Bioinformatics Analysis and Applications for Developmental Transcriptome Data


Student thesis: Doctoral Thesis

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Award date30 Jan 2020


Developmental Biology is the field of biology that studies the process of the multicellular organisms grow and mature, controlled by their genes. Knowledge of normal developmental processes can aid in the understanding of developmental abnormalities and other conditions such as cancer. The field of developmental biology has more than 500 years of history. There are two fundamental questions in developmental biology: How does the fertilized egg give rise to the adult body, and how does that adult body produce yet another body? In nearly all cases, the development of a multi-cellular organism begins with a single cell—the fertilized egg, or zygote, which divides mitotic ally to produce all the cells of the body. The study of animal development has traditionally been called embryology, from that stage of an organism that exists between fertilization and birth. But development does not stop at birth, or even at adulthood. Most organisms never stop developing. Each day we replace more than a gram of skin cells (the older cells being sloughed off as we move), and our bone marrow sustains the development of millions of new red blood cells every minute of our lives.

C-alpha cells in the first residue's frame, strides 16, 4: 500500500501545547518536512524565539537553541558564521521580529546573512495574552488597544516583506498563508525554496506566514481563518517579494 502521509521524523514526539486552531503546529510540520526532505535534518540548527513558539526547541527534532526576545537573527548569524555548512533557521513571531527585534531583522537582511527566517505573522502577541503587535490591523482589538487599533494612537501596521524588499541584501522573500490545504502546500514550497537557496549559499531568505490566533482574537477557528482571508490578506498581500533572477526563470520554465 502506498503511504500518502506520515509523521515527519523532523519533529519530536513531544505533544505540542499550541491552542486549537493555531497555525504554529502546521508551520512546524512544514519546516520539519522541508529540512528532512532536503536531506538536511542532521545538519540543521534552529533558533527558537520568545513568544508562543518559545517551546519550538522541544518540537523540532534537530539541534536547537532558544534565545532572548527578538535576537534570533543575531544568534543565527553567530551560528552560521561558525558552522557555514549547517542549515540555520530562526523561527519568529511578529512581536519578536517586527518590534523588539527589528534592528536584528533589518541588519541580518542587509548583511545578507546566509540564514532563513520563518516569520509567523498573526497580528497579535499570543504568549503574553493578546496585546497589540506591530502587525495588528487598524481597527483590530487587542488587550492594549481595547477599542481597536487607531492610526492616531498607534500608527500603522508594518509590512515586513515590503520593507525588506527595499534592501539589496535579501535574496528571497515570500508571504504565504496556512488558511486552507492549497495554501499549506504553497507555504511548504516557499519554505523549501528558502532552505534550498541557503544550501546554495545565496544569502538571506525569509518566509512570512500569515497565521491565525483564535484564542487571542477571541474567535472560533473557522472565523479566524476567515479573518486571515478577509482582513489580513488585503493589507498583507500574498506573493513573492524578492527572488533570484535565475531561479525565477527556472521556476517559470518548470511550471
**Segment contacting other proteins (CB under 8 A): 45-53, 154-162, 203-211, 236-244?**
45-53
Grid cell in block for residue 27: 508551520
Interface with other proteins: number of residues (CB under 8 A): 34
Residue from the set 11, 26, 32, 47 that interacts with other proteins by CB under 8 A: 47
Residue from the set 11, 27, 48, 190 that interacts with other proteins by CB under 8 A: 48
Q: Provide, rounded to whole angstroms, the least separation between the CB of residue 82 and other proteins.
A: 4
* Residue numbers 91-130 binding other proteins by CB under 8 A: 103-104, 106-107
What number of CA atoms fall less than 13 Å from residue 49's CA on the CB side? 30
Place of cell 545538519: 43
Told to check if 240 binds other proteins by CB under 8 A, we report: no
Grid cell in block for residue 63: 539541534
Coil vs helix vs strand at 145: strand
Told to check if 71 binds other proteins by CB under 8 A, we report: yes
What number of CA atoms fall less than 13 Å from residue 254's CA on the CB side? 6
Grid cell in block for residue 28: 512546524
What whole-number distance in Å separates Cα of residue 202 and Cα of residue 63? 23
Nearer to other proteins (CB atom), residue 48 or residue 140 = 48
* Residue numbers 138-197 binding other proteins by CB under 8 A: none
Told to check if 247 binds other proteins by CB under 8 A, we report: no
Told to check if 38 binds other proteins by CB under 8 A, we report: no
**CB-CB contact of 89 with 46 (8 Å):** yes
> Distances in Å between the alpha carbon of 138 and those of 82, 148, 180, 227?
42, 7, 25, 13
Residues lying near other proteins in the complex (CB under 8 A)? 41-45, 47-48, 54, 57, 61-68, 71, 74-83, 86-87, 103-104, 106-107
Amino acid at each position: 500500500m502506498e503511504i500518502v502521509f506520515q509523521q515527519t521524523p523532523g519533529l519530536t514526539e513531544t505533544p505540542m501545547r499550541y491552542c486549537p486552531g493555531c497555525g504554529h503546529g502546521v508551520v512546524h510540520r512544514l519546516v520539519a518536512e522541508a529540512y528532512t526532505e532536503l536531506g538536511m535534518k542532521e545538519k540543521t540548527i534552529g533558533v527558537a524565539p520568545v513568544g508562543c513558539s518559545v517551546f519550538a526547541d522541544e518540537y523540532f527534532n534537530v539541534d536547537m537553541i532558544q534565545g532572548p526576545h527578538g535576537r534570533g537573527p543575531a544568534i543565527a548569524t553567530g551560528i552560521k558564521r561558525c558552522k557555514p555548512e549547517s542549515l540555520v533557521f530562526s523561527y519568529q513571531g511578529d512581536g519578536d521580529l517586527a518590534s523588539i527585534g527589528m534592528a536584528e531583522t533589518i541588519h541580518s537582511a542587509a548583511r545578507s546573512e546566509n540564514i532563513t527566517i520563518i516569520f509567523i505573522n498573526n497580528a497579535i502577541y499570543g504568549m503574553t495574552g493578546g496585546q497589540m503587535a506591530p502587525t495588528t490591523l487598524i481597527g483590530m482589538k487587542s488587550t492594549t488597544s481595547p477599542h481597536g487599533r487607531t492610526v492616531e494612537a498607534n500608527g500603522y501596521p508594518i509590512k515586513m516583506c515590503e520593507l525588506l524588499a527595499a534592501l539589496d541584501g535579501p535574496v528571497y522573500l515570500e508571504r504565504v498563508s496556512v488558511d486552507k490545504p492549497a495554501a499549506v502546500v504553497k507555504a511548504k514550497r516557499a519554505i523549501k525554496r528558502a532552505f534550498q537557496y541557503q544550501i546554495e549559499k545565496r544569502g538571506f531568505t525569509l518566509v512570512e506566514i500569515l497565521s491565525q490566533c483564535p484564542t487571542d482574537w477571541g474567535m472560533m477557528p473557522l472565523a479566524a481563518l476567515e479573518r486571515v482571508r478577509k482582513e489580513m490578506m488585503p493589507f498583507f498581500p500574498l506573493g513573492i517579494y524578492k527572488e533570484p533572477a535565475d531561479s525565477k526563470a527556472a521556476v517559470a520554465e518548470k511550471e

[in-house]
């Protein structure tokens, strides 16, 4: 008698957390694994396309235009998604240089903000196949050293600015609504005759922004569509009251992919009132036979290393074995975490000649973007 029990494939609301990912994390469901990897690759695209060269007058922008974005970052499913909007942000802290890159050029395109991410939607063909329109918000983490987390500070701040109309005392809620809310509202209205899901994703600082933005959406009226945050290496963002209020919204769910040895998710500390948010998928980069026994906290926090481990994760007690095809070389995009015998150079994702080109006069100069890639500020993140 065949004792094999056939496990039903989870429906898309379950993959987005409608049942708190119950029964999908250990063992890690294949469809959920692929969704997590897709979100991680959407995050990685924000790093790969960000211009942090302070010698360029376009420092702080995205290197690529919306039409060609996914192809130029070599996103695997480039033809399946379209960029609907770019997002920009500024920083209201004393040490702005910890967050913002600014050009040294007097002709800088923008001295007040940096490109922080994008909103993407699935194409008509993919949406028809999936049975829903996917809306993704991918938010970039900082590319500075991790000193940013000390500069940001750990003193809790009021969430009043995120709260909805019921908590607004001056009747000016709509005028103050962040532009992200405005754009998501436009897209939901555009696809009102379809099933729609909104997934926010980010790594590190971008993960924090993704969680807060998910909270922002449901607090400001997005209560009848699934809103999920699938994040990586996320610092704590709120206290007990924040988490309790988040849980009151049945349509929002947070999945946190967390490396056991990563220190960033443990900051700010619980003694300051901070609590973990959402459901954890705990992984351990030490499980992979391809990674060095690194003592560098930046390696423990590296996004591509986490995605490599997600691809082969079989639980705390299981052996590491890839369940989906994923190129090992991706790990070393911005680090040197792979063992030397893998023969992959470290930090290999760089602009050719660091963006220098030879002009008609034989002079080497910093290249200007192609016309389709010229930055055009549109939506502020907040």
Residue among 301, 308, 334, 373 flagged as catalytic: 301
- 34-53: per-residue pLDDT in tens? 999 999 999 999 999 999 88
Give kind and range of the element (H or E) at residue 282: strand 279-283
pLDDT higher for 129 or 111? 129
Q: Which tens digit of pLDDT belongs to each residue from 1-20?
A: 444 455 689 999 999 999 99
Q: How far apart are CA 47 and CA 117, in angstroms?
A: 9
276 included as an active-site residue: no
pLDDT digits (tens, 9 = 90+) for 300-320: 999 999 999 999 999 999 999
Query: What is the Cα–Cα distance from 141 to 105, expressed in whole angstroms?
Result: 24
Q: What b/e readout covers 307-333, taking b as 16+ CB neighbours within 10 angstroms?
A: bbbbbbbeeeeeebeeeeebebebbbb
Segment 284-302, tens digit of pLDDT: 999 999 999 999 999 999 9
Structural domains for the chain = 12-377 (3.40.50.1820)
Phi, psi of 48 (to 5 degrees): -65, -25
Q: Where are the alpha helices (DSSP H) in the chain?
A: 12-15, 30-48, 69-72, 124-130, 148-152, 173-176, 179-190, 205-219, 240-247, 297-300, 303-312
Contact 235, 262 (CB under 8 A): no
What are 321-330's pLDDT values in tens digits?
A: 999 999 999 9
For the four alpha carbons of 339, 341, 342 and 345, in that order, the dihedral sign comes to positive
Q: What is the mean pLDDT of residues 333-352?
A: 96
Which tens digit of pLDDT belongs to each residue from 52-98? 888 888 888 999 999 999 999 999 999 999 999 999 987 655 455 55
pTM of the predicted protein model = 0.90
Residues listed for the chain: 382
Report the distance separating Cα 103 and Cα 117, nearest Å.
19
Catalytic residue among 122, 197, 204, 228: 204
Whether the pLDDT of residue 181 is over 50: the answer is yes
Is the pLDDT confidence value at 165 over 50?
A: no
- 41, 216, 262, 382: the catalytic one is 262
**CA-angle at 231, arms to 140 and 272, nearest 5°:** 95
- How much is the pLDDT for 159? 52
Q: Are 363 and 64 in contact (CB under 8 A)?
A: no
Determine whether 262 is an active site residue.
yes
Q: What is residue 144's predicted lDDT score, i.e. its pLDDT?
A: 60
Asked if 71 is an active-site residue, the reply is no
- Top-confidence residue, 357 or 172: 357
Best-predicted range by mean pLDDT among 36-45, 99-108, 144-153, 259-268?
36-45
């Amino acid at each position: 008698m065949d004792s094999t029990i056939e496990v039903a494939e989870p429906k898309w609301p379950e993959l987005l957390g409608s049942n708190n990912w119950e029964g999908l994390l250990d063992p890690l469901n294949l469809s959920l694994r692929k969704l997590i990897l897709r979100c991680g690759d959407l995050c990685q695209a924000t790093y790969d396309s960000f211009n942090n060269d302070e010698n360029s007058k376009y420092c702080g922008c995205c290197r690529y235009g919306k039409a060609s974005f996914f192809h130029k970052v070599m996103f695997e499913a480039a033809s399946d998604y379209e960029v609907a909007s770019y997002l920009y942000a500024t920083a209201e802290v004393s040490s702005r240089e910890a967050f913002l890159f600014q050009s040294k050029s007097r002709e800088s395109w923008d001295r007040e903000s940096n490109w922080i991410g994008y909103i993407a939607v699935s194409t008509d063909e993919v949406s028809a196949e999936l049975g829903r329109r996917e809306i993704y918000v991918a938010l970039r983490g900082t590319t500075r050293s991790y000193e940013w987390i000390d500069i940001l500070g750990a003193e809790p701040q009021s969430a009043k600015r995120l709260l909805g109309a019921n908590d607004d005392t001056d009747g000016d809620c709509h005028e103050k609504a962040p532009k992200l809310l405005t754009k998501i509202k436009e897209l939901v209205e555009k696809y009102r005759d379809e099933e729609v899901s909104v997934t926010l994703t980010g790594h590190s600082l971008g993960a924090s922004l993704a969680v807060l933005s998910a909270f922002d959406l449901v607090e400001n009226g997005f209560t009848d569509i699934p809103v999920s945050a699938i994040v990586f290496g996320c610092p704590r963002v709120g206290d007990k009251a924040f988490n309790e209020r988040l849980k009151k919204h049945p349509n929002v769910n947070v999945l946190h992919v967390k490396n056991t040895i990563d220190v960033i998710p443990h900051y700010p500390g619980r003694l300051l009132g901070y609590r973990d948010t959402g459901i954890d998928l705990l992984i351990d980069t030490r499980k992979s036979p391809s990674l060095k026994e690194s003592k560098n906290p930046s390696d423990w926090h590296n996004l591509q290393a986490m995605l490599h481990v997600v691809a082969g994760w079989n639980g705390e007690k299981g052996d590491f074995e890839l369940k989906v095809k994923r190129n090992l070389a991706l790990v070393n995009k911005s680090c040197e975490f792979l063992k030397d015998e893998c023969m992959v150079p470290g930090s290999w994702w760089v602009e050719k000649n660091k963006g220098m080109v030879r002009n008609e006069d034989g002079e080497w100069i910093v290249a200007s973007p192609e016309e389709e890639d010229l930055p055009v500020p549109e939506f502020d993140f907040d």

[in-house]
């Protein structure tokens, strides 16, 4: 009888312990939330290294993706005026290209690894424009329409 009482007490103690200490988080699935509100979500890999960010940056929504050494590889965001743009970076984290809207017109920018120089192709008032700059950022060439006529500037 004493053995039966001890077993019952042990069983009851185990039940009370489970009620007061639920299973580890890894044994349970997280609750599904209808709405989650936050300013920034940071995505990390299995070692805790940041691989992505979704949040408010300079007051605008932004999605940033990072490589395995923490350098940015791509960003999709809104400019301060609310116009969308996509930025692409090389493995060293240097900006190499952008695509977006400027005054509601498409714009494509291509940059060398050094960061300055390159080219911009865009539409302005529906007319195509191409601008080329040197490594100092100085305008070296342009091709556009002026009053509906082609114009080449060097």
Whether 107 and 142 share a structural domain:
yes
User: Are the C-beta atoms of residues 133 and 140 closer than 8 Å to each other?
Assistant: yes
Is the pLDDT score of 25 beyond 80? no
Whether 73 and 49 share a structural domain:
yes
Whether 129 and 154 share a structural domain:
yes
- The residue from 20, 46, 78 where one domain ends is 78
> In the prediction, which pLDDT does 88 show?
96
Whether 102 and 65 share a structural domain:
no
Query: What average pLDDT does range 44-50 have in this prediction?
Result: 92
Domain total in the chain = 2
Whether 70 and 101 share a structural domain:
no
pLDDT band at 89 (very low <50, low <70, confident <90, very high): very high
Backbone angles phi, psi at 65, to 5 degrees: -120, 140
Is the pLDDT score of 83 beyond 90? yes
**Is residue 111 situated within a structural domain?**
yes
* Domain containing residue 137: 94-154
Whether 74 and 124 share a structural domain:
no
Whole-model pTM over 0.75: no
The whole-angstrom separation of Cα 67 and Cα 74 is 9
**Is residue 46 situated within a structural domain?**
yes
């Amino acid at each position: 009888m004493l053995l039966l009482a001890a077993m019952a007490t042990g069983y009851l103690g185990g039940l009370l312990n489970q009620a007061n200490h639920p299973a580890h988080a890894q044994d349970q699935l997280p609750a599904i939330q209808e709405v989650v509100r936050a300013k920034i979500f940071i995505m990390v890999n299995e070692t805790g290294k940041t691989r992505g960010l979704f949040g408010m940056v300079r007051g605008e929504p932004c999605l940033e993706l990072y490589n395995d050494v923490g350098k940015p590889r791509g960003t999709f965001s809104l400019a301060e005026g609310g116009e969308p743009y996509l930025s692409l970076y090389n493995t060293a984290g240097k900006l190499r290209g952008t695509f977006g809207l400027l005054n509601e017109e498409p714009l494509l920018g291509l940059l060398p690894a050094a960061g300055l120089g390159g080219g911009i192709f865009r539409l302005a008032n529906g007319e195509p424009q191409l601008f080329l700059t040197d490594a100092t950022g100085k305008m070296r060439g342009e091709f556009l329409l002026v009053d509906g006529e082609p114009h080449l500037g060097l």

Thanks for the modern techniques of molecular biology and genetics, and experimental embryology, the understanding of the developmental mechanisms has grown exponentially. More and more genes (mRNAs, miRNAs, or lncRNAs) have been revealed to be important regulators in animal developmental processes. However, one obvious advantage of experimental molecular biology is the long cycle of finding an important gene. Next-generation sequencing (NGS) technology provides an opportunity to study the expression changes of thousands of genes during different developmental process, such as differentiation, morphogenesis, and reproduction, etc. Except for gene expression levels, transcriptome data can also provide other information including single nuclear variations (SNVs), alternative splicing, and editing level of RNA editing sites. These epitranscriptomics signals are important features to understand the developmental questions. However, the raw data of the NGS are only sequences, a series of software or packages are needed to extract the useful features including gene expression levels, alternative splicing, and SNVs. For the automation of this process, we developed ten modules (one for quality control, two for reads alignment, two for gene expression estimate, two for differential gene expression analysis, one for alternative splicing analysis, one for allele-specific expression analysis, and one for GO and KEGG enrichment analysis) and two pipelines (one for mRNA and one for lncRNA) that can take in the raw data of the NGS and outputs the features we need. We also tested the lncRNA pipeline using the RNA sequencing data of the swine ovary tissue from Yorkshire and Meishan pigs. Using our pipeline, we obtained 3,827 lncRNAs expressed from 4,973 transcripts in swine ovary tissue, of which 510 were ovary-specific, 192 were differentially expressed between Yorkshire and Meishan pigs, and 38 were both ovary-specific and differentially expressed. We also predicted the functions of the lncRNAs by analysing their nearest neighbouring protein-coding genes. Together, our results provide a series of ovary-associated lncRNAs for further experimental investigation of the functions of these genes in ovary development or for selection of candidate genes for breeding. Furthermore, alternative splicing analysis and allele specific analysis modules were also tested using transcriptome data of skeletal muscle across27 prenatal and postnatal stages in Landrace (L, higher muscle mass), Tongcheng (T, lower muscle mass) and hybrid (LT) pig.